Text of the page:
In Chimera (pronunciation: ky-MEER-uh),
Michèle Sharik takes the listener on a journey from the Royal Courts
of Baroque London to Avant-Garde America, and all points in between.
In classical mythology, the chimera was a monster that had the head of a lion, the body of a goat, and the tail of a dragon or serpent, and like the mythical chimera, this album is comprised of various parts. The CD features varying styles of classical, modern, and traditional music played by solo handbells combined with instruments such as harp, organ, timpani, harpsichord, cello, vibraphone, piano, and string trio.
Figuratively, a chimera is a creation of the imagination, especially a wild creation. This work pushes the limits of solo handbells into styles and combinations that previously have not been attempted.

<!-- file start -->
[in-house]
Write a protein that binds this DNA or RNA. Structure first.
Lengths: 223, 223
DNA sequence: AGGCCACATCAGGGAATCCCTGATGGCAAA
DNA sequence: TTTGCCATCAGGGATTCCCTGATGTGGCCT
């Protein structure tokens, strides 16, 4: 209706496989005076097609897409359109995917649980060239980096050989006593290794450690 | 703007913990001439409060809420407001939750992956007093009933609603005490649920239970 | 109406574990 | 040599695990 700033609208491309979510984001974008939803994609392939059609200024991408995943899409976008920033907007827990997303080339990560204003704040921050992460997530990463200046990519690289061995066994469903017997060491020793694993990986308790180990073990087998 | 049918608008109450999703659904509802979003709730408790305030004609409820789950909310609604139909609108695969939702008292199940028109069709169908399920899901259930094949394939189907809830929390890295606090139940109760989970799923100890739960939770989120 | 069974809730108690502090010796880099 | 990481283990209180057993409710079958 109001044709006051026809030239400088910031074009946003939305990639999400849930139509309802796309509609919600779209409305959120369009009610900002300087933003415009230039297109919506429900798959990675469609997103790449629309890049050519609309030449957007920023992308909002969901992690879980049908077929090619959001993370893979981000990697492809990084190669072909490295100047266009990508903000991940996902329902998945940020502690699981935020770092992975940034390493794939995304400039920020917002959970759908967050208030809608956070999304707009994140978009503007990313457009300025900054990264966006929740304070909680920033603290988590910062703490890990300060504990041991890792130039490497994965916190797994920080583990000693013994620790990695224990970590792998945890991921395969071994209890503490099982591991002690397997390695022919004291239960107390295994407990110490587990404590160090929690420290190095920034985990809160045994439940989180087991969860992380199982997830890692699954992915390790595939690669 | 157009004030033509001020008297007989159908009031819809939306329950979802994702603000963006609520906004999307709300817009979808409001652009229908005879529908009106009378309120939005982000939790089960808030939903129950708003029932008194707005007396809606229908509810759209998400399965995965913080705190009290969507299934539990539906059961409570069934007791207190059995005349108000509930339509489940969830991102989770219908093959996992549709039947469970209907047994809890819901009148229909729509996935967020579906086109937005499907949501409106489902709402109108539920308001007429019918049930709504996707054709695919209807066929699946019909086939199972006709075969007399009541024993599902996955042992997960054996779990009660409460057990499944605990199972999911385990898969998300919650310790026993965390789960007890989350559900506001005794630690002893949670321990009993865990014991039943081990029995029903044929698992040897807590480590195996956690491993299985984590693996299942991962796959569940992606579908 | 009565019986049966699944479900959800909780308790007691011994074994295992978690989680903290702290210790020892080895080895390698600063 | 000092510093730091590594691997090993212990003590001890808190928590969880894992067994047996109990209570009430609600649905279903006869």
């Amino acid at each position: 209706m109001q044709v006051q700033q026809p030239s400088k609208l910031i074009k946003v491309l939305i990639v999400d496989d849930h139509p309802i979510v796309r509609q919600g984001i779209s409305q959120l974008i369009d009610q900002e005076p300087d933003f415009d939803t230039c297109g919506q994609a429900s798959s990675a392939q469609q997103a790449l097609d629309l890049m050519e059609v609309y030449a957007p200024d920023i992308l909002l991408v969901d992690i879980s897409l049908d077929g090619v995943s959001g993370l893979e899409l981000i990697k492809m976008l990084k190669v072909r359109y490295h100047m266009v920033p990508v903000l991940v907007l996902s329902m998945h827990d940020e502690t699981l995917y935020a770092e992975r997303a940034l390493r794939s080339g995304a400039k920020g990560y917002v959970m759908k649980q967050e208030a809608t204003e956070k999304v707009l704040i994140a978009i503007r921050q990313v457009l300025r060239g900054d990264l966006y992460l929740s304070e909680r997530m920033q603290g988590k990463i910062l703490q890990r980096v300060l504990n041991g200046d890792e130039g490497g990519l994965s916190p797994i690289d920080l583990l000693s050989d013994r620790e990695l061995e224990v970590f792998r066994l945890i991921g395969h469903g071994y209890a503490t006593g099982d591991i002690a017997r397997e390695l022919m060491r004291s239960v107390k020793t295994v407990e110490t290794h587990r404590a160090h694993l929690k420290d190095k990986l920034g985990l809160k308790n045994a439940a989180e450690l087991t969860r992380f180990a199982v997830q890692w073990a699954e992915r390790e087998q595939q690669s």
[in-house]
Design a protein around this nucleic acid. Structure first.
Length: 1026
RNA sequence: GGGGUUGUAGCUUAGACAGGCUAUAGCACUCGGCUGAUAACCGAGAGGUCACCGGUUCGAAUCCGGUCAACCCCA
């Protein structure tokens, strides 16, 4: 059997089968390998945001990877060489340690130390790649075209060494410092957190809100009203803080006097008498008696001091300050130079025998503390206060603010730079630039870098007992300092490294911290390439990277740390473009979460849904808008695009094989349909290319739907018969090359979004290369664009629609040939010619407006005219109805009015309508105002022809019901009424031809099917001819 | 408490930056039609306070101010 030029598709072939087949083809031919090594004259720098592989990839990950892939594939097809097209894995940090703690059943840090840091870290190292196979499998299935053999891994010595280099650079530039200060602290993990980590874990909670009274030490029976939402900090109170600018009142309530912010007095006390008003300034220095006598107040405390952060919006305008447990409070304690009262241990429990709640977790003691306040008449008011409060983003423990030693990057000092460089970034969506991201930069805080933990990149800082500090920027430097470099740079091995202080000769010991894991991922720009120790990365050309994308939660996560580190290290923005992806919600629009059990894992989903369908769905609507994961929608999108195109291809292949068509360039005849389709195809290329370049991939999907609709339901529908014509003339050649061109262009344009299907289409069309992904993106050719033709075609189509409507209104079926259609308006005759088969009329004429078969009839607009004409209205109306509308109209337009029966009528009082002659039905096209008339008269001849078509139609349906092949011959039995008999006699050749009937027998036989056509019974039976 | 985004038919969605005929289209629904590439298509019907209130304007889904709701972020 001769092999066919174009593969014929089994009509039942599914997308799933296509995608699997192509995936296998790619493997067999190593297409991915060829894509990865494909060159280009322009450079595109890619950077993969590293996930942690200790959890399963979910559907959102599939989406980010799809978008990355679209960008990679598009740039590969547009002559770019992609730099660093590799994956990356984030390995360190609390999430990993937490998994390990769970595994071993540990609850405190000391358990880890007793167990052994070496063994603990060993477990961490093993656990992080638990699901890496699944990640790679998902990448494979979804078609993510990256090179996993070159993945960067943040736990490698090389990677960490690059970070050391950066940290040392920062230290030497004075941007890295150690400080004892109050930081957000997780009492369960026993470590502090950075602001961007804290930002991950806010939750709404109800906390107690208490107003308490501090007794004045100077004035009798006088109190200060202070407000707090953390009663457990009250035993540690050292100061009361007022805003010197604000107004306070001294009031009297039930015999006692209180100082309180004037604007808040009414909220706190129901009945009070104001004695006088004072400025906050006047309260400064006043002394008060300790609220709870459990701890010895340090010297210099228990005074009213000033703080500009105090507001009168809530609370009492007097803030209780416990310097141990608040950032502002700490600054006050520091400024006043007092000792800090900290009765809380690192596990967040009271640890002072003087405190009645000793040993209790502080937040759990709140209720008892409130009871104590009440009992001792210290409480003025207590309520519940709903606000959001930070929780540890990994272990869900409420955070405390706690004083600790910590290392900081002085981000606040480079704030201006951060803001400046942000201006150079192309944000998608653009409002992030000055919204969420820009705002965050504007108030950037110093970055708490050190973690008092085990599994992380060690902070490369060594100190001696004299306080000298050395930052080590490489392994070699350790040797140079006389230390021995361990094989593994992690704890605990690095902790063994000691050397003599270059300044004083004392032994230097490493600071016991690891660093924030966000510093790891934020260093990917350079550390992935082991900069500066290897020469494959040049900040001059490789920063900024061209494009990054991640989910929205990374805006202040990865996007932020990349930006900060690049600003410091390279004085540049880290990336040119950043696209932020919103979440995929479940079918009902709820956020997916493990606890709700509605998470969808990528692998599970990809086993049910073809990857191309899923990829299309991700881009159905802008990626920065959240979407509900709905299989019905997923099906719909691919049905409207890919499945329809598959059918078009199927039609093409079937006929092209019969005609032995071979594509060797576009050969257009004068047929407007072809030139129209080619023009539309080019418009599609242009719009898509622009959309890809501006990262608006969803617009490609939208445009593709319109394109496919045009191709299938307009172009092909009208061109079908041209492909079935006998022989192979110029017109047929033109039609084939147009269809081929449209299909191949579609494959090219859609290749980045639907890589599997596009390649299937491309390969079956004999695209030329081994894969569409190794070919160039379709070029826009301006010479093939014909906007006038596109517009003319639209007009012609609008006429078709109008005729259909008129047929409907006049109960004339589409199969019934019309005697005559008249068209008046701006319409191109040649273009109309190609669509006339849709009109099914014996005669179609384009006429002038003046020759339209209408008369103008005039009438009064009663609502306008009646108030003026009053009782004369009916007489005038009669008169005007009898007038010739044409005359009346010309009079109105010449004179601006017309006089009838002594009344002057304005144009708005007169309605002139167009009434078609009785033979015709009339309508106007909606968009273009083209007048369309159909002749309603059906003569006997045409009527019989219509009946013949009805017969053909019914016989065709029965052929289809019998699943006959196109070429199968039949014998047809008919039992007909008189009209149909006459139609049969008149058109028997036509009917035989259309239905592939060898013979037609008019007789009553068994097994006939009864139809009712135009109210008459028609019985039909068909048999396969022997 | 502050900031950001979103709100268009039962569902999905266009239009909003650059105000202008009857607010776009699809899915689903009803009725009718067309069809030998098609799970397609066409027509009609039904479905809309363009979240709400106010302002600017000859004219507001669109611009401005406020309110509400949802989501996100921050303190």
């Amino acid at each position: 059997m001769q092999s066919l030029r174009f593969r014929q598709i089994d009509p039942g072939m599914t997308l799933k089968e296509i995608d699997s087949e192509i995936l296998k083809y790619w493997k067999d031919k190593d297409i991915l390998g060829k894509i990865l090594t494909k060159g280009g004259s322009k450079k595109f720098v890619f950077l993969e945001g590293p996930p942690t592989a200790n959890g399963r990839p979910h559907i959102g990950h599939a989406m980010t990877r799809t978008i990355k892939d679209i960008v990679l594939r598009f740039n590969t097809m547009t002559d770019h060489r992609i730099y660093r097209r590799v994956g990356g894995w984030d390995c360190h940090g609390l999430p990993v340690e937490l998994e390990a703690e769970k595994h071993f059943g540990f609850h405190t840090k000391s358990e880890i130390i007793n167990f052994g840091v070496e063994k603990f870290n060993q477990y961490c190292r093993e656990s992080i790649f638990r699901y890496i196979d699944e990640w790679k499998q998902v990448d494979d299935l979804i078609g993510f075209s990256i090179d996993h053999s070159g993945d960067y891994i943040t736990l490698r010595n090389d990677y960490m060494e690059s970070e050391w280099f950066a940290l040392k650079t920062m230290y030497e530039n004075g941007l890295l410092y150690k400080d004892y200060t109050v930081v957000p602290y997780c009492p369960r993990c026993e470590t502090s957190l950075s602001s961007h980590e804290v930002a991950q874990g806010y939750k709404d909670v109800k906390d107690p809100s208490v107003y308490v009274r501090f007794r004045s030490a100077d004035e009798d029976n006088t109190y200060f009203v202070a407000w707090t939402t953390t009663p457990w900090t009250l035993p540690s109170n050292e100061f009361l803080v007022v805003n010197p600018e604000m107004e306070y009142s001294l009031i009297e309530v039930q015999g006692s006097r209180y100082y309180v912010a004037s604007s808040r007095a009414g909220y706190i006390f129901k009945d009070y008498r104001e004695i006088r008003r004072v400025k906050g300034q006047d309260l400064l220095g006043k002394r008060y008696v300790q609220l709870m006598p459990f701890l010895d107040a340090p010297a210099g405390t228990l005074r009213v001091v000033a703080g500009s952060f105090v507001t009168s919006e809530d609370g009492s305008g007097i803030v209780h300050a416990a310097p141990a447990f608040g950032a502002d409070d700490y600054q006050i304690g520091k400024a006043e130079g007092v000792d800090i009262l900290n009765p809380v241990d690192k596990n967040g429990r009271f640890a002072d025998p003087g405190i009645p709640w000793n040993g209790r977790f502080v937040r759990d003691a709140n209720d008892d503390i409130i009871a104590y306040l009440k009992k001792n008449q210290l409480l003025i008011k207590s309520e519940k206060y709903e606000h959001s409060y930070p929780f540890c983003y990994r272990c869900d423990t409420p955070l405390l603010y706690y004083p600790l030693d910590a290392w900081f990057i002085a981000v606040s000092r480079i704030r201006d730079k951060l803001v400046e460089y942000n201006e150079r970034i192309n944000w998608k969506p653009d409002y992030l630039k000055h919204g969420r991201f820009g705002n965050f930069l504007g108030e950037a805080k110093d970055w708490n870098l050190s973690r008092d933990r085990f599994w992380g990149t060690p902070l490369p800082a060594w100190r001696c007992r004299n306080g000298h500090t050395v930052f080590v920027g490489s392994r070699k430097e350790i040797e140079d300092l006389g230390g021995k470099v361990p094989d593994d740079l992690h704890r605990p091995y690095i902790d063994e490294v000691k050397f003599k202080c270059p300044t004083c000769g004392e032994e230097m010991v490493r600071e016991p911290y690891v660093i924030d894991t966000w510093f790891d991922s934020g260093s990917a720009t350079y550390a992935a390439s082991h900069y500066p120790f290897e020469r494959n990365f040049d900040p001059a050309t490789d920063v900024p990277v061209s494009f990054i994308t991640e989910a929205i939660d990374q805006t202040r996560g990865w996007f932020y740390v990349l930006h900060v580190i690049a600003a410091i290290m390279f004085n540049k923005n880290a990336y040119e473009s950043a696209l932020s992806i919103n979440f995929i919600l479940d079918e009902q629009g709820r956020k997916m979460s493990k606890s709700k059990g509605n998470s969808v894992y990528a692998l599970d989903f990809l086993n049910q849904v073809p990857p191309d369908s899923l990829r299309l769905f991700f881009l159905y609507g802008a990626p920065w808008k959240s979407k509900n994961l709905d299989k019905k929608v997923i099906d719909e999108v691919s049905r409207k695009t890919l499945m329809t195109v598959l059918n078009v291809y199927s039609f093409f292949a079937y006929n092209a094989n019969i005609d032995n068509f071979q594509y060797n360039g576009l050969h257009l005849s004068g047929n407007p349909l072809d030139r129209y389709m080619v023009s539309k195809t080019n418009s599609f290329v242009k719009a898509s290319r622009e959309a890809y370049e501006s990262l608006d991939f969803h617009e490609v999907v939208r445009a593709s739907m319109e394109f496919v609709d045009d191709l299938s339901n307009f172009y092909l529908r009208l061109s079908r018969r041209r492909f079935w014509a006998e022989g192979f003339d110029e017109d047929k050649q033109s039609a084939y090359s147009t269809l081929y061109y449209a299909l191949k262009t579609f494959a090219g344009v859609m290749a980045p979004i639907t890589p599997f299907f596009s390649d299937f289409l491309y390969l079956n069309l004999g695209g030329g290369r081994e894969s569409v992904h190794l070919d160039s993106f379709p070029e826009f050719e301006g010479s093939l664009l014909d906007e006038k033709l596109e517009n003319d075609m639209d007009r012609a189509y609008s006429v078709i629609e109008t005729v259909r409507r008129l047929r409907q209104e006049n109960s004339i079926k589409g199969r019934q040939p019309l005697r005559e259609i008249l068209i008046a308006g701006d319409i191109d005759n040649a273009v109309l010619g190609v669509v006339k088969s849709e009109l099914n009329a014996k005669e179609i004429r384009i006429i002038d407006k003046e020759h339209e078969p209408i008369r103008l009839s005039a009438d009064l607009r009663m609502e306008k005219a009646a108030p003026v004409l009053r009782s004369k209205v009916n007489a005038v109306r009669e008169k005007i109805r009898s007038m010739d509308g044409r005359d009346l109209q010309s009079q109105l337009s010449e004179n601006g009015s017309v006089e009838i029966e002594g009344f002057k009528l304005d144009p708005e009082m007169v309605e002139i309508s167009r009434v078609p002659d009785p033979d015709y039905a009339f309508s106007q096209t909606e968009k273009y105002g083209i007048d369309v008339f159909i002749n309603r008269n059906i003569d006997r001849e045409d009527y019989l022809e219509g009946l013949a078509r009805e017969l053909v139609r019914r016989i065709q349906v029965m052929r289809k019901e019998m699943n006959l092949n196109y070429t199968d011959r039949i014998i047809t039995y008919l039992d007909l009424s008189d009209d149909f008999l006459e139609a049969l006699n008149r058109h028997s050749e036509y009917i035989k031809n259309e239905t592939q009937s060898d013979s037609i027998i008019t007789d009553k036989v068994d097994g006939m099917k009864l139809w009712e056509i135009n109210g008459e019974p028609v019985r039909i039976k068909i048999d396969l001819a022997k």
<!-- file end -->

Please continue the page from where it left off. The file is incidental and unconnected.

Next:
While the chimera is still an impossible dream, this Chimera puts to rest Michèle's no-longer-impossible dream of recording a full-length solo album.
|1.||Rondeau: The Prince of Denmark's March ("Trumpet Voluntary")|
|2.||Morning from Peer Gynt Suite, Op. 46, No. 1|
|3.||Meditation on Bach's First Piano Prelude ("Ave Maria")|
|4.||Bist Du Bei Mir from The Notebook for Anna Magdalena Bach, BWV508|
|5.||March: Seventeen Come Sunday from English Folk Song Suite|
|6.||La Paix from Music for the Royal Fireworks, HWV 351|
|7.||La Rejouissance from Music for the Royal Fireworks, HWV 351|
|8.||Jesu, Joy of Man's Desiring from Herz und Mund und Tat und Leben, BWV 147|
|9.||Trumpet Tune from The Island Princess and Air from The Indian Queen|
|10.||Fantasy on 'Finlandia' ("Be Still My Soul")|
|11.||Gymnopédie No. 1 from Trois Gymnopédies|
|12.||To A Wild Rose from Woodland Sketches, Op. 51|